My like for Weird Al aside (I wonder how many people remember he actually did a song for Pokémon), Pokémon games are a fascinating subject. Mainly because there's a lot a misconceptions about the focus of the games.
So here goes: Pokémon are first and foremost a series of multiplayer-focused games. The single-player story is primarily a gateway/tutorial to get people into the multiplayer.
While I do know that some people do find single-player playthroughs enjoyable - even me, as I'm working my way through my copy of SoulSilver - the truth of the matter is that the primary appeal of a solitary run through these games is not emphasized by the game design.
There are two factors that tie into this. First, each game usually requires you to assemble a working team of multiple mons before a certain point in each game, or otherwise it would be too difficult to progress. Logically, it follows that any Pokémon that can only be obtained after this point aren't really viable for single-player. You get them too late to actually be able to use them.
The second is the idea of variant Pokédexes versus the national version. Each time, an increasingly large number of the pocket critters are unavailable to you, usually until you beat the game. Again, that's too late to use, so you're stuck with a smaller set of mons.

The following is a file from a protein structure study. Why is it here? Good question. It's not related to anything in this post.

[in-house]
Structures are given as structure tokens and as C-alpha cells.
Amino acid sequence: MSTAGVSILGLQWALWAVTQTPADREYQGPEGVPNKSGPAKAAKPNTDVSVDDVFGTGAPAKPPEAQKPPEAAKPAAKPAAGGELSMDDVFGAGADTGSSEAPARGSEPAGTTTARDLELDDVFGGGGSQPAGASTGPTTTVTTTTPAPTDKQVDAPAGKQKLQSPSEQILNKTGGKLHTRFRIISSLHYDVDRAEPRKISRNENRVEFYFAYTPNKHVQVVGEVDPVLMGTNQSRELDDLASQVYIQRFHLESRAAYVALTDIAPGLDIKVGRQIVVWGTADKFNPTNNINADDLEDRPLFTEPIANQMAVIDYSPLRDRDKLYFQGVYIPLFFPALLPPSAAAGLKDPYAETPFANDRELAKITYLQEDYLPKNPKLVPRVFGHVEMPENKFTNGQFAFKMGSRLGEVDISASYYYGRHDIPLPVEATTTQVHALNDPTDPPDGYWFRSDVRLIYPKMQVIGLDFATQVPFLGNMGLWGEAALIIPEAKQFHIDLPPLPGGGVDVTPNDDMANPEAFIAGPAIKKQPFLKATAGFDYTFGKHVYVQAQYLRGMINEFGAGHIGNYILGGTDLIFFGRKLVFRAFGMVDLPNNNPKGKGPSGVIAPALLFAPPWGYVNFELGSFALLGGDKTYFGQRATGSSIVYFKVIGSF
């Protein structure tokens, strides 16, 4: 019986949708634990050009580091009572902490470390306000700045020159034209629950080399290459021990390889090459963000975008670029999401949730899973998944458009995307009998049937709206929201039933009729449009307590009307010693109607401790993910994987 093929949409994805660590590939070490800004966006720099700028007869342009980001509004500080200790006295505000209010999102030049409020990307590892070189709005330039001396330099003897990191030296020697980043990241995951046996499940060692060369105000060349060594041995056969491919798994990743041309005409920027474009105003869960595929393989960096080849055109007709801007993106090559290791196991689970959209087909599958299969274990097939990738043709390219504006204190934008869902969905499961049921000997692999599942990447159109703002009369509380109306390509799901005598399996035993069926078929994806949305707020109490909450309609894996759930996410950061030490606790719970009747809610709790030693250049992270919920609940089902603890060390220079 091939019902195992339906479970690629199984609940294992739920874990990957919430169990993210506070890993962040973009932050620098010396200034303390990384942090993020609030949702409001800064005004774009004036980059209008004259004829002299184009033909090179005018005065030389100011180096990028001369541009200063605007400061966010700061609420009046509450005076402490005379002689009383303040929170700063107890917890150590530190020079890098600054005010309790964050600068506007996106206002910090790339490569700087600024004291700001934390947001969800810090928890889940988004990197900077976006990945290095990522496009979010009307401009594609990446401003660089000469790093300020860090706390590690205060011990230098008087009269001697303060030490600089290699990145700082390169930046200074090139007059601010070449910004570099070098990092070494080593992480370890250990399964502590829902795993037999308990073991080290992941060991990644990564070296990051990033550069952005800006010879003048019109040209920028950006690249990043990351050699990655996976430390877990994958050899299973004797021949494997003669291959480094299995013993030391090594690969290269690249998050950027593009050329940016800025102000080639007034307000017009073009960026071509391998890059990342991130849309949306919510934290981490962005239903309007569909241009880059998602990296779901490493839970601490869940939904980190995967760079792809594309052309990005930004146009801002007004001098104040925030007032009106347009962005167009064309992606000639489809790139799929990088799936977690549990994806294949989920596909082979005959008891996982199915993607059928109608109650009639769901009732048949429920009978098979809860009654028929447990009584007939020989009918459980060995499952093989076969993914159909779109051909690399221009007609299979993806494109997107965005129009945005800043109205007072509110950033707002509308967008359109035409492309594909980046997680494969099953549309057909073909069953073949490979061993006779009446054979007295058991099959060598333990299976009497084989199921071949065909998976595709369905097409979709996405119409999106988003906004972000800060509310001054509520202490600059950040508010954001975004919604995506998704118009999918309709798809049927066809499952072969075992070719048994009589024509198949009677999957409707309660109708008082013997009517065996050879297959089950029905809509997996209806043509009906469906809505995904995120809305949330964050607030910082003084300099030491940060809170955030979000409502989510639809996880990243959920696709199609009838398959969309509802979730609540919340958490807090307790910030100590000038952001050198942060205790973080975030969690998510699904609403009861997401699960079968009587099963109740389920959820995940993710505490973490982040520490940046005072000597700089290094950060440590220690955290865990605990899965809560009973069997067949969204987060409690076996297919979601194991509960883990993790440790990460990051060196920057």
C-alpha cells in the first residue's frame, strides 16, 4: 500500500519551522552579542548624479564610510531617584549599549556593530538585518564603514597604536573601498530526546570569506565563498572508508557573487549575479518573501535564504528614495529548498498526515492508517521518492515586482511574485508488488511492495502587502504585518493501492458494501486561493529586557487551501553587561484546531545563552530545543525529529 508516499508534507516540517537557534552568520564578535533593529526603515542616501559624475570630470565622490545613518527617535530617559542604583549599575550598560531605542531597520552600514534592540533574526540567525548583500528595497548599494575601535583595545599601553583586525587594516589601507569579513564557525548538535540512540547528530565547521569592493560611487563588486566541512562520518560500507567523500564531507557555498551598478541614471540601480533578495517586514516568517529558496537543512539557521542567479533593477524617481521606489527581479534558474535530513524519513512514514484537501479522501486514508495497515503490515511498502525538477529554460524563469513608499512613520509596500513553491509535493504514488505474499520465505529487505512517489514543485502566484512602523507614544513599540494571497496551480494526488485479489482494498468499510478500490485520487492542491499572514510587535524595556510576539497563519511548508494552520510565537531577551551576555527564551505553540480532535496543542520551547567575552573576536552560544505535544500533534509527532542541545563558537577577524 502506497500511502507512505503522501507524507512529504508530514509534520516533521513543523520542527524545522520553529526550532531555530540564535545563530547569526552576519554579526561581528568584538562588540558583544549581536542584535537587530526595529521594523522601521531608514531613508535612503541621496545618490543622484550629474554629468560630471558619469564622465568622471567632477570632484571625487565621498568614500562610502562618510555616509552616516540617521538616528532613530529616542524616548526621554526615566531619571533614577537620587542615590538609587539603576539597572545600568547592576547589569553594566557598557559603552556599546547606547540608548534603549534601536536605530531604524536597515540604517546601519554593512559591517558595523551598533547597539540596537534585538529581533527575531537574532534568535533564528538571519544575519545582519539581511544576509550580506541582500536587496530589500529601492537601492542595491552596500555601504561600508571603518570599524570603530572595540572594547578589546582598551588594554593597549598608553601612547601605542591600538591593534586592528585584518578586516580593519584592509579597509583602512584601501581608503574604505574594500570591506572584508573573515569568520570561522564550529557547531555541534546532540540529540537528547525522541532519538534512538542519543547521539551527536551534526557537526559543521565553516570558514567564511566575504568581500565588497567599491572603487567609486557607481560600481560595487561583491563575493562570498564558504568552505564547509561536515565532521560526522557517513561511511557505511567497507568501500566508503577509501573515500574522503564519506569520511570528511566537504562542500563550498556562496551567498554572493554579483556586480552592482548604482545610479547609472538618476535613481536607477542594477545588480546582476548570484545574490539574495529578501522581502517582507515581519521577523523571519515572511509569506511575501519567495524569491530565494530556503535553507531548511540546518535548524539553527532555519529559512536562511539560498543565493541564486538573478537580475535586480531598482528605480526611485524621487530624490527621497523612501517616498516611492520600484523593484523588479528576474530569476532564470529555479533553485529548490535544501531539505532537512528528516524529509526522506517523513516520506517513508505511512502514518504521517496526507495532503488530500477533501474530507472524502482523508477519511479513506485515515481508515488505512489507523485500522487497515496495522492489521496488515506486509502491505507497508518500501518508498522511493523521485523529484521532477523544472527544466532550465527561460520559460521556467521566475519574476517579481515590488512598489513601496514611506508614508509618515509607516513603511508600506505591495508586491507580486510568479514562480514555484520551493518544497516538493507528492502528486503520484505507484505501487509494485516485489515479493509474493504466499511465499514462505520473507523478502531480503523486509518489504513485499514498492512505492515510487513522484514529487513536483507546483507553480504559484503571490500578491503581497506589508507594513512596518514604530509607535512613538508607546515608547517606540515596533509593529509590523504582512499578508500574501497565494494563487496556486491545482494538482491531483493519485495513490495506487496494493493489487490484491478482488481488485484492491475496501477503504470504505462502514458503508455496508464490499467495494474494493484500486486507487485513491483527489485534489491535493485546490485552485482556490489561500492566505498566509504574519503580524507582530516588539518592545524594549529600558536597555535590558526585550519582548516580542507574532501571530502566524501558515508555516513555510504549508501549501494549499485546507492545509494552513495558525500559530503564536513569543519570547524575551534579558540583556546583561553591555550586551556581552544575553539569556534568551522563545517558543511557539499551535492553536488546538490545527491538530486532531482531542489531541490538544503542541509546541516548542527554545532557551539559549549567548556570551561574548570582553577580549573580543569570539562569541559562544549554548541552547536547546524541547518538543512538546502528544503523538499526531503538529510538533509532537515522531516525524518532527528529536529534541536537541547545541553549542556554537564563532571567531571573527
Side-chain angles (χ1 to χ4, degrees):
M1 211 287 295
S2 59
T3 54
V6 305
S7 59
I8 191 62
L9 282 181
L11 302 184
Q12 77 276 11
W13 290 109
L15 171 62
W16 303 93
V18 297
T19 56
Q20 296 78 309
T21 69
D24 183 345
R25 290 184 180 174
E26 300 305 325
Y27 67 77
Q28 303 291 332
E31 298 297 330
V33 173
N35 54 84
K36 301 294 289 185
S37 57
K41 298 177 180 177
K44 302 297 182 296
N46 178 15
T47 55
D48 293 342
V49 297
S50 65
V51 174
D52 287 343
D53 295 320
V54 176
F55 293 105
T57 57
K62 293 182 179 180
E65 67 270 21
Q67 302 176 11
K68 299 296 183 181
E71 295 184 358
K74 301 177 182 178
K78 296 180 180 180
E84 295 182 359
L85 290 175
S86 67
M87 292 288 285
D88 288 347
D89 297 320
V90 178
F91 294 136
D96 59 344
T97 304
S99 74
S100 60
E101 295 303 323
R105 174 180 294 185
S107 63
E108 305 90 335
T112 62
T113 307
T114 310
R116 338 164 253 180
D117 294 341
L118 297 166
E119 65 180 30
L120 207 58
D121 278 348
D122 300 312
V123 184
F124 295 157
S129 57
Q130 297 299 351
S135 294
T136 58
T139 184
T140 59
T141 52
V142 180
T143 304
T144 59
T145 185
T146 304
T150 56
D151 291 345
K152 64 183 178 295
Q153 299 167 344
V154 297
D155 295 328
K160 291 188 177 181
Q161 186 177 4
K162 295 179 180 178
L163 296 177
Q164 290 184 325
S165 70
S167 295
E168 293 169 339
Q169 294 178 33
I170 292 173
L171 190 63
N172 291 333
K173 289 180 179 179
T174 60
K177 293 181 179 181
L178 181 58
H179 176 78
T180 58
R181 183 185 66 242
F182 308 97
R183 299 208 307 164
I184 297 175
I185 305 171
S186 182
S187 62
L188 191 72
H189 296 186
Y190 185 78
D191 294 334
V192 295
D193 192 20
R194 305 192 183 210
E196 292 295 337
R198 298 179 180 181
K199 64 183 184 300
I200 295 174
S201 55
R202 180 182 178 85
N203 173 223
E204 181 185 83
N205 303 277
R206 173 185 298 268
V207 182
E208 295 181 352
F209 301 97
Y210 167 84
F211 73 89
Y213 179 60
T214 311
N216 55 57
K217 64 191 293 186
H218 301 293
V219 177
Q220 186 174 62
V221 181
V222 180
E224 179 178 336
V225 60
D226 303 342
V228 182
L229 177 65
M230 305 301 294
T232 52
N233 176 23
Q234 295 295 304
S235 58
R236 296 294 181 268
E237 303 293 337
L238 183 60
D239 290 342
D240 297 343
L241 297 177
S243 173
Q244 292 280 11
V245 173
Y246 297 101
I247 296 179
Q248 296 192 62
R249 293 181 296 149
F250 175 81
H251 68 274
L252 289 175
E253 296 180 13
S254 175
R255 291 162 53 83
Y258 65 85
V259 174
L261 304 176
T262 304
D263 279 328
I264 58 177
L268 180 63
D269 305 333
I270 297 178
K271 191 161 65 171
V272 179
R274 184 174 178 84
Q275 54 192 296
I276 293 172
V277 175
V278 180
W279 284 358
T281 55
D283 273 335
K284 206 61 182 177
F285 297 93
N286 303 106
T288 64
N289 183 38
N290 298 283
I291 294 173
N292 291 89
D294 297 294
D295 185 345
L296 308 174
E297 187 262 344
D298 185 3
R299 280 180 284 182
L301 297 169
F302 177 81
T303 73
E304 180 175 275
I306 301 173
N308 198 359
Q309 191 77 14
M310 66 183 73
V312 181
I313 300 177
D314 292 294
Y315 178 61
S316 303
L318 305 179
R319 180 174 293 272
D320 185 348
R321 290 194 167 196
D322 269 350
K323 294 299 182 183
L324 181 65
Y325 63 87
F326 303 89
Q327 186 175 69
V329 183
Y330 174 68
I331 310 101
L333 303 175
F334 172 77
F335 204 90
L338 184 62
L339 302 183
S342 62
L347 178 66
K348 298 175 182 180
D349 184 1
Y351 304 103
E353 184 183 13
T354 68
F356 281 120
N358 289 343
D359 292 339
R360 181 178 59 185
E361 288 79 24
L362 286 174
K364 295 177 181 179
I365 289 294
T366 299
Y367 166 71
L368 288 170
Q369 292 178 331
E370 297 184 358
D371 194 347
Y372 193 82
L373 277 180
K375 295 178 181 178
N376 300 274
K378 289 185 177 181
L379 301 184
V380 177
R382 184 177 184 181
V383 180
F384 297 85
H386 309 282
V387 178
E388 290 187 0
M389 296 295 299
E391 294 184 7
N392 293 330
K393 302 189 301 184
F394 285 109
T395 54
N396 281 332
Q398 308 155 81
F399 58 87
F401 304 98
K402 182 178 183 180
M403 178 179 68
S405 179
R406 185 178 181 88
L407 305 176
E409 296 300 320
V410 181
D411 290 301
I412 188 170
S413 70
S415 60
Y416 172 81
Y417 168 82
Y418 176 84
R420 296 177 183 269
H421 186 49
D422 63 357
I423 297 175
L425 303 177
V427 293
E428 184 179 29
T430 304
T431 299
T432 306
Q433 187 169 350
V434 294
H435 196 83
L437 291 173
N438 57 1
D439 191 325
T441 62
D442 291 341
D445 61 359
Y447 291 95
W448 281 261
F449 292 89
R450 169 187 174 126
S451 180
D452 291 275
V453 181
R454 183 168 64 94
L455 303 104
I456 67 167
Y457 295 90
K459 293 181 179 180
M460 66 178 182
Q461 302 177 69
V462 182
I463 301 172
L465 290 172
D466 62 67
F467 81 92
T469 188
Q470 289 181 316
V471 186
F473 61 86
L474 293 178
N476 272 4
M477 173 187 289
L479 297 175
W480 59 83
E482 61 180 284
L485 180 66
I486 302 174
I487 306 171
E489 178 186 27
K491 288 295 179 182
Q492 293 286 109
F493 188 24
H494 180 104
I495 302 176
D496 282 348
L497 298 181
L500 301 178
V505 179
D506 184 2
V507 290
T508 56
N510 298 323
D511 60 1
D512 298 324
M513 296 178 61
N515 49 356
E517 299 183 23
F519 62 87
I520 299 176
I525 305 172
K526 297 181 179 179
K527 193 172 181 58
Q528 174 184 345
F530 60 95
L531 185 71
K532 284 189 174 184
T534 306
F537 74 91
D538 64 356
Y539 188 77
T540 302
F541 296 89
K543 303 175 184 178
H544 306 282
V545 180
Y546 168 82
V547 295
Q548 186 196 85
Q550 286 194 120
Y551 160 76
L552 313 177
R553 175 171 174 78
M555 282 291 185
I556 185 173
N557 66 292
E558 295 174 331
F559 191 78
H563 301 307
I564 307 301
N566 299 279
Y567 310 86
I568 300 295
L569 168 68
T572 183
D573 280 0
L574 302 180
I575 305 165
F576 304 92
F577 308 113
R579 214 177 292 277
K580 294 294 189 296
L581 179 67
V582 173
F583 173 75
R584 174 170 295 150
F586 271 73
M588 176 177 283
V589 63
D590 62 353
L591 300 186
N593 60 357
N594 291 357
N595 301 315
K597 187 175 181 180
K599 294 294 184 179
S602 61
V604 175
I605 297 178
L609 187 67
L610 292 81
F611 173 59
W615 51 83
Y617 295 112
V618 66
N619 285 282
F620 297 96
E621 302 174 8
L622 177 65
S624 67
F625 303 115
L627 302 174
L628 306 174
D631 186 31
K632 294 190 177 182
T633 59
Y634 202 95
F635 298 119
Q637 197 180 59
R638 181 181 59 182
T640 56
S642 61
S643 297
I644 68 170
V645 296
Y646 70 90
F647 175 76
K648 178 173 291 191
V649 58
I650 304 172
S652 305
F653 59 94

This may not seem like a problem, but the entire appeal of repeat playthroughs of the games is building different teams and seeing what works. Which get crippled when you realize there's not actually that much variety as you would think. Discounting unevolved ones, your typical game gives you a selection of somewhere between 60 and 90 to use. Which, while not bad, isn't exactly the greatest variety, especially compared to how many possible team combos there could be.
This explains why the games have been steadily made easier and easier. Less dependence on HMs, permanent TMs, reduced gym leader and Elite Four difficulty, the Experience Share buff - it's a long list of changes that all point towards getting players through the single-player faster to get to the post-game, and the multiplayer that comes with it.
Sun & Moon may shake up the formula somewhat, but without evidence they are front-loading the available Pokémon, along with making a much larger variety available from the get-go, they're not addressing the main issue. Nintendo is still making these games multiplayer-first, and will likely to continue to do so.
Not that it stops you from "catching them all", but be aware that if you bought any of these games to play by yourself, you may be disappointed. They aren't bad, but there's a lot of wasted potential there. It's a bit of a shame, really. I suppose at least I can enjoy raising my Bayleef. (What? I like Chikorita better than Totodile, and I was using a different Fire-type anyway.)
Smell ya later! (Gary/Blue's jingle plays as I walk off.)